Two global events, two weeks apart, and both with highly relevant themes for us.
March 8, 2016 marks International Women's Day. This year the theme is "Pledge For Parity". Through a rural water, sanitation and hygiene project like ours we can easily pledge for parity to:
help women and girls achieve their ambitions, both directly in terms of giving opportunities, confidence building and encouragement to come forward, and in terms of making water and sanitation facilities accessible in a way that leaves women and girls both time and health to pursue their ambitions;
call for gender-balanced leadership, by encouraging women to be active members in the Water Users and Sanitation Committees, and to go for leadership positions in these, such as Chairperson, Treasurer and Secretary;
value women's and men's contributions equally, appreciating both direct and indirect contributions to water schemes planning and implementation, sanitation and hygiene promotion, and in making activities such as celebrations, campaigns and inaugurations come true; and
create inclusive, flexible cultures, both within specific groups such as the Water Users and Sanitation Committees and within broader communities within which we work, and obviously within the project itself.
Tuesday March 22, 2016 marks the World Water Day 2016. Its theme is "Better Water, Better Jobs". Both this and the IWD 2016 themes relate to the livelihoods opportunities that have to do with water. The UN Water claims that almost half of the world's workers, 1.5 billion people, work in water related sectors. They further emphasize how practically all jobs depend on water, in some way or another. This is clearly a gender parity issue as well. Millions of women provide millions of hours of unpaid labour in carrying water every day! Millions of women also contribute millions of hours for taking care of those who get sick due to poor water and sanitation conditions. This is not only about unpaid work, but it is also time lost, time that could have been used for other works and interests, even for ambitions!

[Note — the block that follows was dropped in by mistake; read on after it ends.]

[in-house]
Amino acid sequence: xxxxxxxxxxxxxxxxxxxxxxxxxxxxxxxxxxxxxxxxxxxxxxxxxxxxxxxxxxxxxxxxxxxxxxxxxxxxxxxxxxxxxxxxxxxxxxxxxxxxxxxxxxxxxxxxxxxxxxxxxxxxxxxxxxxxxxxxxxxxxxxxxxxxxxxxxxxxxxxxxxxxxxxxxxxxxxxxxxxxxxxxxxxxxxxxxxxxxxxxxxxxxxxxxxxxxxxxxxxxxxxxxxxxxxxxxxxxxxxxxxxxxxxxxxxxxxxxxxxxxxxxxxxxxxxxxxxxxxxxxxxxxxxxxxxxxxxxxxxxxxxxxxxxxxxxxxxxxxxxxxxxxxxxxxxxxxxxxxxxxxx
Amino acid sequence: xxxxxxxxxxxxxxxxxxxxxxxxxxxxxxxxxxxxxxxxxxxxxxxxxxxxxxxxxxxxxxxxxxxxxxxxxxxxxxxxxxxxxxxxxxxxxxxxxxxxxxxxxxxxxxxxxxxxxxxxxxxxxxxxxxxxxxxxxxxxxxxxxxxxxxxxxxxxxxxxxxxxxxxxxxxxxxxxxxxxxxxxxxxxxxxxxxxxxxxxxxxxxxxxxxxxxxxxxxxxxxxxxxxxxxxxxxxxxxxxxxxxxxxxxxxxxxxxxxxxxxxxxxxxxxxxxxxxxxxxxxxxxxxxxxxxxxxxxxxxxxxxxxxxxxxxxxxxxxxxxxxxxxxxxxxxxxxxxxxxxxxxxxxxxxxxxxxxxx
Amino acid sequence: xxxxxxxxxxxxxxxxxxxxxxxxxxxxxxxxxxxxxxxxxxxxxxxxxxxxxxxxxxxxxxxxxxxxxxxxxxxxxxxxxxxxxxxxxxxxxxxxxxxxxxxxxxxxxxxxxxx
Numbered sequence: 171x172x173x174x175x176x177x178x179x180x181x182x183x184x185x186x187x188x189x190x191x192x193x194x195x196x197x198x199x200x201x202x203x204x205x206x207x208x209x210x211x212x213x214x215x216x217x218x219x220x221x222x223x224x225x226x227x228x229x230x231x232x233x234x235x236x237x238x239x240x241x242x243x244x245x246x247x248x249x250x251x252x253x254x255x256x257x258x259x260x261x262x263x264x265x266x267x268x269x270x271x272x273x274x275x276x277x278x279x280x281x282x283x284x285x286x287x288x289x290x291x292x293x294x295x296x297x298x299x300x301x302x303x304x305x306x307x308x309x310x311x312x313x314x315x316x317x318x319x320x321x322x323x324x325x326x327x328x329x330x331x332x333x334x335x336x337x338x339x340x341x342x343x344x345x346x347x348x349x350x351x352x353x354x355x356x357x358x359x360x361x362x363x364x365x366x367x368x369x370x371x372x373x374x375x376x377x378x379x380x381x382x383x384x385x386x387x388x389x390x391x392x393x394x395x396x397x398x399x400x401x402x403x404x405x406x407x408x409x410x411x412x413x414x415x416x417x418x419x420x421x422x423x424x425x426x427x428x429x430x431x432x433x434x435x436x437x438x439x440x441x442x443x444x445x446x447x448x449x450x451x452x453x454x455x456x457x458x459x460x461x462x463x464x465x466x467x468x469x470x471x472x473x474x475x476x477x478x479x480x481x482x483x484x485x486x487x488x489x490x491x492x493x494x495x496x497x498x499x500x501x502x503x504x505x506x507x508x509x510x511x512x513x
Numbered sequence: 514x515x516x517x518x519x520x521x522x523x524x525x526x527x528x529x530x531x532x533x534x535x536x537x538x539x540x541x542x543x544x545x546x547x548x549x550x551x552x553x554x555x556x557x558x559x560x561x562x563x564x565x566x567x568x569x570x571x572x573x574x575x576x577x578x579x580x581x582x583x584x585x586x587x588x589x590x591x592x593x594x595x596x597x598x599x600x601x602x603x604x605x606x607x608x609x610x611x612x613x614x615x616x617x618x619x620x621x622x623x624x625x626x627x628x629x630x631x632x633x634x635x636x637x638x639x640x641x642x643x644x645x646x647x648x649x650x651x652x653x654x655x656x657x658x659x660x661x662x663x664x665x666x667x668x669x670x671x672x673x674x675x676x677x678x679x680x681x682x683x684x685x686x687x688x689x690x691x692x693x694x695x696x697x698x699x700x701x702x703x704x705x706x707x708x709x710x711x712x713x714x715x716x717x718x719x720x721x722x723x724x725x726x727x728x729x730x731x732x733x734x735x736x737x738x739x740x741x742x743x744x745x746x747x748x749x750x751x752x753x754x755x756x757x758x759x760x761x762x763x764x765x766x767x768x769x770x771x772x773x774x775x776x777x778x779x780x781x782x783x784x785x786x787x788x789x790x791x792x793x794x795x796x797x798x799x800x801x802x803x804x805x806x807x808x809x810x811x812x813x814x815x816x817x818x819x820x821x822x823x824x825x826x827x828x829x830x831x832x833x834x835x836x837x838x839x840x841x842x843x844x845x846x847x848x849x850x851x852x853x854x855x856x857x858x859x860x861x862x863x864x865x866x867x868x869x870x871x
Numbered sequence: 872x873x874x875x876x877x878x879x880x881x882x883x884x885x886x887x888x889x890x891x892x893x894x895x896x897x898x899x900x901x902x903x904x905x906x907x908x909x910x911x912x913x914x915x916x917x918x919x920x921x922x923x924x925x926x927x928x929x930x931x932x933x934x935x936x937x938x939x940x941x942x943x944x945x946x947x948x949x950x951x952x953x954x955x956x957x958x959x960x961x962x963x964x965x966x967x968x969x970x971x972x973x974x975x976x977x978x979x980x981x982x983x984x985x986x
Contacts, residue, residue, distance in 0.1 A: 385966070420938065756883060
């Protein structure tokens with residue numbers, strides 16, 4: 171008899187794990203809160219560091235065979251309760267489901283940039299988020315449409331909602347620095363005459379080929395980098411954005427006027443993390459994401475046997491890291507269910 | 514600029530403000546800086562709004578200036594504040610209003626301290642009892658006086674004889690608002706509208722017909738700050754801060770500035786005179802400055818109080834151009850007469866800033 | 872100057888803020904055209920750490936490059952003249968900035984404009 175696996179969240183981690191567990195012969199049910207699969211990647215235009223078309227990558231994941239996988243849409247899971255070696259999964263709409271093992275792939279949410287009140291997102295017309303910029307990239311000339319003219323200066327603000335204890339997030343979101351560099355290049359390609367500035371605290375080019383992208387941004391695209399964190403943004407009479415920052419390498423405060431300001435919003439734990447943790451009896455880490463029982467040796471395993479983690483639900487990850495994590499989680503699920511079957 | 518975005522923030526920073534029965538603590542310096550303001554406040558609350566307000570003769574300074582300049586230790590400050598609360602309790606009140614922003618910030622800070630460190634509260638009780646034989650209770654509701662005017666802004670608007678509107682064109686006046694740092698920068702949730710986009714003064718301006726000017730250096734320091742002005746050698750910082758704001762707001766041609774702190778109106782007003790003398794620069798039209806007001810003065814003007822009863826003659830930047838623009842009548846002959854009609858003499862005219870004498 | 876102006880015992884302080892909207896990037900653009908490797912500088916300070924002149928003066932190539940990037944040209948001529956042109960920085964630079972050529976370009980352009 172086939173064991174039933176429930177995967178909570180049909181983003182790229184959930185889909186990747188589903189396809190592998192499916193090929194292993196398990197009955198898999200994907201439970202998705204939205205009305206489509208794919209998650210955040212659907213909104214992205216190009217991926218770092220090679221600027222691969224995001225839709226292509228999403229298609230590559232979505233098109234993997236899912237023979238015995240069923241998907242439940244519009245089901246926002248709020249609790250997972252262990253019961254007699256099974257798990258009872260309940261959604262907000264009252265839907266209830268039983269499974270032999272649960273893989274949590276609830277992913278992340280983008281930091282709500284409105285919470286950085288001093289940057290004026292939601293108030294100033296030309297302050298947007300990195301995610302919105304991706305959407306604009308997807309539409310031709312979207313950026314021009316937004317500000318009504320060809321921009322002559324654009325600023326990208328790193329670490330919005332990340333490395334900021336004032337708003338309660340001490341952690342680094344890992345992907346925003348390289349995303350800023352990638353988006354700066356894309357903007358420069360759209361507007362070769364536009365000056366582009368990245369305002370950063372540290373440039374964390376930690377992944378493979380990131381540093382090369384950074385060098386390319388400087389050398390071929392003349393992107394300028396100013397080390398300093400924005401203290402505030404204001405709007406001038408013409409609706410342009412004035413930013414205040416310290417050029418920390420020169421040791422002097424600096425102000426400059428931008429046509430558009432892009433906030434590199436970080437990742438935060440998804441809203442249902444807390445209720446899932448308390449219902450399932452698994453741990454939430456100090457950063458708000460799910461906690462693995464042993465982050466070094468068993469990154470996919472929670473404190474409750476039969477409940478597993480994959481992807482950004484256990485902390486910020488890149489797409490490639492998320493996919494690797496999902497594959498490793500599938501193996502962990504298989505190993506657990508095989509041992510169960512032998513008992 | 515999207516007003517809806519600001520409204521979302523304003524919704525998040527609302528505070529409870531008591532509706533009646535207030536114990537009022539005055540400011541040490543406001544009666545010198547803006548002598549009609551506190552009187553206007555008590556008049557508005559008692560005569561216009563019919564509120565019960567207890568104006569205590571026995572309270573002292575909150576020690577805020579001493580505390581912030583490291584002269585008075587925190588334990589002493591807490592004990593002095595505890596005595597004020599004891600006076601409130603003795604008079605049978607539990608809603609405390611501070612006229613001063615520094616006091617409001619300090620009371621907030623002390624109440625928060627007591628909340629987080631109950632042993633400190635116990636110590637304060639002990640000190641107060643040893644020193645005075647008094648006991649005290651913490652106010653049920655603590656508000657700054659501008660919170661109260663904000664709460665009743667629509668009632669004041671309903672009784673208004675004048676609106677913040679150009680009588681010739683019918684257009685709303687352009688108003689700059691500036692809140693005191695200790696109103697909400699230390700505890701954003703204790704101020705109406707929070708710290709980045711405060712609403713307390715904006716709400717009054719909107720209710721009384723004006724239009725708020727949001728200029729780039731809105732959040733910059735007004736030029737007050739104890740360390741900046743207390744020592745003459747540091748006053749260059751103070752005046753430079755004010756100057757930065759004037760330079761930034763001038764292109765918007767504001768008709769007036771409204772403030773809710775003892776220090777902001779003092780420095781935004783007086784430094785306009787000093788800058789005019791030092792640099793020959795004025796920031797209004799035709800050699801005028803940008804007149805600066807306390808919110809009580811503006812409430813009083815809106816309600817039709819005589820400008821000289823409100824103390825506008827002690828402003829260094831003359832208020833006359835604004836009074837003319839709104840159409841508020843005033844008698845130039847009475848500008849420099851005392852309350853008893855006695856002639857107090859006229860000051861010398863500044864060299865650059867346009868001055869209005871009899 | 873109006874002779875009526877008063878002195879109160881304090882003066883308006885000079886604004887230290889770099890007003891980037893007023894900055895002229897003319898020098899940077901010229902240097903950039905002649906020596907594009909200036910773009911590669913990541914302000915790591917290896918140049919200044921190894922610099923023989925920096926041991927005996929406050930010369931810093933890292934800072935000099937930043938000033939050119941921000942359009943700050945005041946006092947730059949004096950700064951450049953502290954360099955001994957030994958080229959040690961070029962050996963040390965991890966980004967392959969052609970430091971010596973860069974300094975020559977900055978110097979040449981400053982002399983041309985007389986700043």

We as a rural WASH project have many ways of making better water and sanitation services come true. In my opinion it is time to broaden the scope as the basic minimum service level may not be sufficient for livelihoods purposes. It is time to promote multiple-use of water services and ecological sanitation as regular options rather than something rare to pilot. Both of these open up new livelihoods and job opportunities, again for parity since these opportunities are often linked directly with women’s daily work and daily concerns, such as food security and nutrition.
The total cost of a typical gravity flow water scheme does not radically change even if the design flow would be doubled from 45 litres/capita/day to 90 litres/capita/day, should the water source allow this. Furthermore, we need to start paying systematic attention to water source itself as discussed in the previous blog post. Water recharge structures should become a regular part of any water supply scheme, included into the scheme design and its budget. This is highly relevant when aiming at sustainable future water services, and hence, sustainable water supported livelihoods.